Have you stopped wearing a favorite piece of jewelry because the stones look dull or the metal is no longer shiny? A simple cleaning may be enough to make it sparkle again!
The photo shows the results of a quick dip in silver cleaner for some of my earrings (I don’t always keep up with my jewelry cleaning either!).
There are many options for cleaning jewelry, but not all methods are appropriate for all types of gems or metals. Heat, vibration, or chemicals can damage many types of gemstones. At the end of this post I’ve provided links to articles that can help you choose the best cleaning method for common gemstones.
Here are some common jewelry cleaning methods:
Dish Soap & Warm Water: This method is fine for virtually all gems (pearls need special care). Simply soak the jewelry in warm (not hot) water with a few drops of mild dish soap. Use a soft brush (I use a soft toothbrush) to remove dirt, paying attention to the backs and sides of settings, clasps, and between set stones or beads. Rinse with clean warm water and dry with a soft cloth. If you are cleaning your jewelry in a sink, be sure to close or block the drain first! This method will not remove tarnish from silver.
Liquid Jewelry Cleaners: There are any number of brands of liquid jewelry cleaners available but I don’t find that they work better than dish soap and warm water. However, they often come with handy strainers for dipping your jewelry into the cleaner and soft brushes for getting into crevices.
Polishing Cloths: There are many types available; some are impregnated with polishing compounds and are particularly useful for cleaning metals. There are also special cloths for cleaning gemstones (without any abrasives). I am personally fond of the Sunshine brand of polishing cloths and find them particularly useful for cleaning bezel settings, clasps and extender chains, and metal beads next to soft gemstones.
Silver Dips: Silver dips are a fast and easy way to remove tarnish (and what I used to clean the earrings shown in the picture above). They are great for getting into places that can be hard to reach with a cloth. These cleaners are not safe for use with soft stones (I’ve ruined both malachite and lapis lazuli in the past). Read any instructions carefully and check the resources below to see if chemical cleaners are safe for your jewelry. Be sure to rinse and dry jewelry thoroughly after using a chemical dip.
Jewelry Polishes: There are many types of polishes on the market including some specifically for sterling silver, and some with a wider range of applications. I have had very good luck using the Jewel Brite brand which cleans metals, removes tarnish from silver, and is safe for all gemstones. Always use soft cloths (not paper towels), and rinse and dry thoroughly. Read and follow the manufacturers directions carefully.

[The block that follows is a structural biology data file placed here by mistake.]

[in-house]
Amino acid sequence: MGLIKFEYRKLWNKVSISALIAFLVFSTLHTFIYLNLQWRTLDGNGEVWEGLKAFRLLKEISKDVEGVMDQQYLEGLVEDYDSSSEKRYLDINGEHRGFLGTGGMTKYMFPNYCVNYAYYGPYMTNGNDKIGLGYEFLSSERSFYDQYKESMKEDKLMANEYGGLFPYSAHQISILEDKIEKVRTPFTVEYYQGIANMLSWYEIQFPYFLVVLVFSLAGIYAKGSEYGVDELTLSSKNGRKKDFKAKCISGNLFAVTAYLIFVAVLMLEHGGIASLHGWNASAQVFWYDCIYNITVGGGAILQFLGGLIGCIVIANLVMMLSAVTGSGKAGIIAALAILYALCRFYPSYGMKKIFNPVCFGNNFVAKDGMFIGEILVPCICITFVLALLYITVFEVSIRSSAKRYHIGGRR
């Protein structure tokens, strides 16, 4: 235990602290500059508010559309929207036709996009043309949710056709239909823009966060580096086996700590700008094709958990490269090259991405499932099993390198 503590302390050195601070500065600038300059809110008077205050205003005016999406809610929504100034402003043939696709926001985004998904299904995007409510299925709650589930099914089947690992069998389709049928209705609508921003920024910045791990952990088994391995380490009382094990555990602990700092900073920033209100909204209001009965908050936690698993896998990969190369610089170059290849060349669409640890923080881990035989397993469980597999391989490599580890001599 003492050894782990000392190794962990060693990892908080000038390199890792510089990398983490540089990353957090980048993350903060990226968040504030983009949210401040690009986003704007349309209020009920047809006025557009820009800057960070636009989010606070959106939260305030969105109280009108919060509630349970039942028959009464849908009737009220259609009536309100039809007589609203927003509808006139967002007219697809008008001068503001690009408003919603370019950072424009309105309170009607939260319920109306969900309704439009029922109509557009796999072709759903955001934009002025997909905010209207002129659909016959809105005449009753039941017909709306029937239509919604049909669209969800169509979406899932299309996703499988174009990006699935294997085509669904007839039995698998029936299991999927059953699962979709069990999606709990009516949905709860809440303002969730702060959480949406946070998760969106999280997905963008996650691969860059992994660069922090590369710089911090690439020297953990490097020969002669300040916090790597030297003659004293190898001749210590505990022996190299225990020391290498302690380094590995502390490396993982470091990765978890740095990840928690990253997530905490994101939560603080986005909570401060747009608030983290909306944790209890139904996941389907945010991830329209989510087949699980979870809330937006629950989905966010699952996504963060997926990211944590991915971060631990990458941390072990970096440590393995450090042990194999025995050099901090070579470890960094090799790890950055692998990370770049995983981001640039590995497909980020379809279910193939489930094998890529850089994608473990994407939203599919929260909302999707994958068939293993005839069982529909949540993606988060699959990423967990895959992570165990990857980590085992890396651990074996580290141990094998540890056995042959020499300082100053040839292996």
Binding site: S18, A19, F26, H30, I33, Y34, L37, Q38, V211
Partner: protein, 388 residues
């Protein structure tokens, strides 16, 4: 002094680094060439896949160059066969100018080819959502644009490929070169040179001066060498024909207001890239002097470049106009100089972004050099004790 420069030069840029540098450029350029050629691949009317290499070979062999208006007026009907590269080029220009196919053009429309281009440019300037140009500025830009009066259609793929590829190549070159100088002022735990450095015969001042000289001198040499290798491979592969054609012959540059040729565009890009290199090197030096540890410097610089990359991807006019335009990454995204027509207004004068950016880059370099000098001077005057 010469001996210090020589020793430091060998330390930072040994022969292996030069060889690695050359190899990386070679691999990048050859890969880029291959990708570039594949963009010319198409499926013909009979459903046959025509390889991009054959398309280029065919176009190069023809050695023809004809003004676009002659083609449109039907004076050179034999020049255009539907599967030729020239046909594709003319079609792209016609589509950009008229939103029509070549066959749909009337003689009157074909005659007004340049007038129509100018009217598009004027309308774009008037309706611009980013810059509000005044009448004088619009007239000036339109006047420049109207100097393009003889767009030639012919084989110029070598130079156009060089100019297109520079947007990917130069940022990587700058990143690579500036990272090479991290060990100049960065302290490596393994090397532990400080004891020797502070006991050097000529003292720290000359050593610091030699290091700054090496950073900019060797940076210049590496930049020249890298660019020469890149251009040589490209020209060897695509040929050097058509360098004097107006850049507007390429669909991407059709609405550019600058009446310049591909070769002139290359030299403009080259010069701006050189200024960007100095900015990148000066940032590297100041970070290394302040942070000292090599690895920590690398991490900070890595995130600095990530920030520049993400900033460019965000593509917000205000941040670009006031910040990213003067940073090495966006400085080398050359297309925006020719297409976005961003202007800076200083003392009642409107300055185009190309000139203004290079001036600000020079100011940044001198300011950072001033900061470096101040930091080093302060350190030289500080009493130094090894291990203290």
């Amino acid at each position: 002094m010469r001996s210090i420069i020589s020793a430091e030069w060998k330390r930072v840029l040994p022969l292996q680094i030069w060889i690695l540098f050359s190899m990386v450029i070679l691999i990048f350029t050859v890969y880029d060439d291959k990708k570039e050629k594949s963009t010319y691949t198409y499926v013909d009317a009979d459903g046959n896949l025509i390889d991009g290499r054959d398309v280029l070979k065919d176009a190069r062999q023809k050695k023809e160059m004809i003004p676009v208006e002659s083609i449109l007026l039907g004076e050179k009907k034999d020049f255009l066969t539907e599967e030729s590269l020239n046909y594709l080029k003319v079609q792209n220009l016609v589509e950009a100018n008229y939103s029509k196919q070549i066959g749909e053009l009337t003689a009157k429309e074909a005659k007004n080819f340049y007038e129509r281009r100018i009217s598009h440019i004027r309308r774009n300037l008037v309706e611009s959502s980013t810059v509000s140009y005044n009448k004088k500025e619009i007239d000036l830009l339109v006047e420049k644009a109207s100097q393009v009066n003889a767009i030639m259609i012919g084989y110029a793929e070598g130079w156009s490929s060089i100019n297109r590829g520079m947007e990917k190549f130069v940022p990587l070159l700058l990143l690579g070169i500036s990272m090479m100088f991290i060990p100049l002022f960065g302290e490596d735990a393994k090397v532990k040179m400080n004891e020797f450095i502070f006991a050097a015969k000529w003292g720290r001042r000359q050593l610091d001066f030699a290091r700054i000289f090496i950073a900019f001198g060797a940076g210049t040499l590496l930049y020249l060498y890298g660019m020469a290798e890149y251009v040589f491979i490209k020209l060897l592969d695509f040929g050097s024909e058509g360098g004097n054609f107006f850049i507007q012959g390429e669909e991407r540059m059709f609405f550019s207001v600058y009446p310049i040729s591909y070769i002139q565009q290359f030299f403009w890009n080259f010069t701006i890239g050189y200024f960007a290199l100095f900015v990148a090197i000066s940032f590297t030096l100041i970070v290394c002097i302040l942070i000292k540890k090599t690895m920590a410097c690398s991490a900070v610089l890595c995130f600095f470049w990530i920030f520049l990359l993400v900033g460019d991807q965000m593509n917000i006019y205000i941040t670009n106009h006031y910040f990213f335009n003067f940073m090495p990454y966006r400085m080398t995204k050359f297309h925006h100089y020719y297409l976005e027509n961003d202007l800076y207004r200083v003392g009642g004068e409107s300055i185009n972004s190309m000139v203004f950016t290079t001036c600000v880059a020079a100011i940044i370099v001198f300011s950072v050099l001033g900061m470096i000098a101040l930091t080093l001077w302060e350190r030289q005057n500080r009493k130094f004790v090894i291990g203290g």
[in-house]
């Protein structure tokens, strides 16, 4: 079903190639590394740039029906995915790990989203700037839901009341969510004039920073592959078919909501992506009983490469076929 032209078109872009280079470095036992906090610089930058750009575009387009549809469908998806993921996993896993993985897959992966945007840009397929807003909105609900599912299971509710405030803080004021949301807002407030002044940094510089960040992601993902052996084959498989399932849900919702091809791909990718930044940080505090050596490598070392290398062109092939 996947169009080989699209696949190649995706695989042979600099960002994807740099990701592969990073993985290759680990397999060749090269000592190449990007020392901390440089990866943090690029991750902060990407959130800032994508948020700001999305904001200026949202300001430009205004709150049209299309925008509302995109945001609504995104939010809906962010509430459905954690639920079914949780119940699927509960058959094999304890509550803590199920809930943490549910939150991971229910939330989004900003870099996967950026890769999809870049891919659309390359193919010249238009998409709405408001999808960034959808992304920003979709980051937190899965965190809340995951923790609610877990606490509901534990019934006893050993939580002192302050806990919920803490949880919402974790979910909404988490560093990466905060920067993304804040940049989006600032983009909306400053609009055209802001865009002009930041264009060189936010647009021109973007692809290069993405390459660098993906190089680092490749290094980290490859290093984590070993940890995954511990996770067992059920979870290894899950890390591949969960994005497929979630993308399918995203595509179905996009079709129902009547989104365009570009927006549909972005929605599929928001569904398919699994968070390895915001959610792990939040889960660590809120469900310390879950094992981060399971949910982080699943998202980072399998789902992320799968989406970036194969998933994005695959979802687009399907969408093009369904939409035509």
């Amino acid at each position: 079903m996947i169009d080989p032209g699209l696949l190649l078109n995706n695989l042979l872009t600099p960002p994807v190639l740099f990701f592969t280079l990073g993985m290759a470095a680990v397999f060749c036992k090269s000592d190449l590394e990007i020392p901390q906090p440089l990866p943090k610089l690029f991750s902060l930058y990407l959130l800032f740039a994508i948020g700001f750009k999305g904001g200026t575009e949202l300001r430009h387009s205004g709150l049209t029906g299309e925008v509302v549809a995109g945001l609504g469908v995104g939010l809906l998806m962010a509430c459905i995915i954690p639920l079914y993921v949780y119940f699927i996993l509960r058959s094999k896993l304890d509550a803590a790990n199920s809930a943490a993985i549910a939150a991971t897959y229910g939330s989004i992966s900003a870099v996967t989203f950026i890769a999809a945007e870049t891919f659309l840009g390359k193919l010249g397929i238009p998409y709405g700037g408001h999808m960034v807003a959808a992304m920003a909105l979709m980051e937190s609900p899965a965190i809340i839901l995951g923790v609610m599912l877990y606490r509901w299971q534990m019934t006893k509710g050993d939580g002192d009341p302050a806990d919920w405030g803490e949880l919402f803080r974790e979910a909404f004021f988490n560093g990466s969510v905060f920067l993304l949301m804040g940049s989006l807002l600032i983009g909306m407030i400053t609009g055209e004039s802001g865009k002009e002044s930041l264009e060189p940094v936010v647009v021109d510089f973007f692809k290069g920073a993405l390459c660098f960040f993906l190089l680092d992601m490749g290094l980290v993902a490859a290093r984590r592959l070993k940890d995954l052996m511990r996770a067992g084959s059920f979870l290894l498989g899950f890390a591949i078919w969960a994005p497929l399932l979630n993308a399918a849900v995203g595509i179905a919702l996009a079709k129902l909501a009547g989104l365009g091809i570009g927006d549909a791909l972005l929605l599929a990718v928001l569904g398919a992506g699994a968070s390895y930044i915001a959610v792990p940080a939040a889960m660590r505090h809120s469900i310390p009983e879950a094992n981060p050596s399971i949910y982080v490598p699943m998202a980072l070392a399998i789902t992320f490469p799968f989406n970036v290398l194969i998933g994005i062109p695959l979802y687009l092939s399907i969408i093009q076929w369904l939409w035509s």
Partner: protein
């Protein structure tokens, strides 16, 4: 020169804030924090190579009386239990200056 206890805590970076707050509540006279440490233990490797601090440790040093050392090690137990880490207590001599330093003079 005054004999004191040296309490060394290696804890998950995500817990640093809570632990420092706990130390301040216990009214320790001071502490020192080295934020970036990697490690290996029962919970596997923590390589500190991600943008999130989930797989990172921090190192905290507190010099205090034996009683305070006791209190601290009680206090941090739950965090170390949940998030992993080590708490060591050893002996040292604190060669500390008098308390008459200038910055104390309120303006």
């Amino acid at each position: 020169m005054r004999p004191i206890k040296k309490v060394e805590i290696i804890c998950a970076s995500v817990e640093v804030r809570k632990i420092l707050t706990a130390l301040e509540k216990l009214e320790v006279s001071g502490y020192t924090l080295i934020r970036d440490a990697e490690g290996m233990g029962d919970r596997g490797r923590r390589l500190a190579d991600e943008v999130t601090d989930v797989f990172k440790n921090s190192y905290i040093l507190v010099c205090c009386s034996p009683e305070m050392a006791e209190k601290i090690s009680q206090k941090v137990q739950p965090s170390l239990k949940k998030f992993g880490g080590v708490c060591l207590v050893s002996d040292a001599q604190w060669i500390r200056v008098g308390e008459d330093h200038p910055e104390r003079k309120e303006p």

Ultrasonic Cleaners: Ultrasonic cleaners use high frequency sound waves that create tiny microscopic bubbles that actually implode (the action is called cavitation). This action loosens the dirt and oil on your jewelry. Ultrasonic cleaners come in sizes for both home and professional use. A cleaning solution is added to the water in the cleaner (you can buy specialty cleaners or just use mild dish soap). Professional models may include a water heater while most personal use machines do not. Be sure to check if your stone can handle the vibrations from an ultrasonic cleaner at one of the sources listed below. If you’re not sure, don’t do it. This method will not remove silver tarnish.
Steam Cleaners: These cleaners use blasts of high pressure steam to remove dirt and oils from jewelry. Steam cleaners are mostly used by jewelry professionals rather than consumers. They are very quick and effective but many gemstones are too delicate to be cleaned by this method.
Some other considerations:
* Whatever method you use, always be sure your jewelry is dry before placing it back into your jewelry box.
* With any of these methods, if you’re not sure if it will damage your jewelry, either don’t do it or find a spot that won’t be seen to test before cleaning the entire piece.
* Some jewelry may have been purposefully “blackened” to highlight a recessed design or for other artistic reasons. These items should be hand cleaned carefully so as not to remove the blackening agent.
* It is a good idea to examine your jewelry for loose or damaged stones or settings before using ultrasonic or steam cleaners. The force of the steam or vibrations from the ultrasonic can occasionally knock stones out of their settings.
* Fine gemstone jewelry should be taken to a jeweler once a year to have settings, such as prongs, inspected for damage or wear. Some jewelry stores may offer complementary jewelry cleaning for their customers.
* For jewelry you no longer enjoy wearing, please read my blog “8 Ways to Clean Out Jewelry Clutter“.
Jewelry and gemstone cleaning and care links:
The Gemological Society of America (GIA) has lots of information on care of gemstones. I really like their Gem Cleaning and Display Chart which you can download for free and includes information on heat and sunlight sensitivity of gems. Here’s a more general article titled “Tips on Caring for Jewelry“.
Here’s a Gemstone Cleaning Chart from Fire Mountain Gems.
One thought on “Cleaning Your Jewelry”
Very neat job! I’ve been buying coin dip in a gallon bottle. Thiourea is the active agent in it. You might add a note on coins – Do not do any of these cleaning things to coins, no matter how much you’d like them shiny. Unlike jewelry, coins are preferred with natural toning without unnecessarily added abrasion. I like your new picture. I’m guessing the soft package from you contains socks with warthogs on them. Thank you for the assorted gifts and the great Cowgirl stuff. That outfit really is good!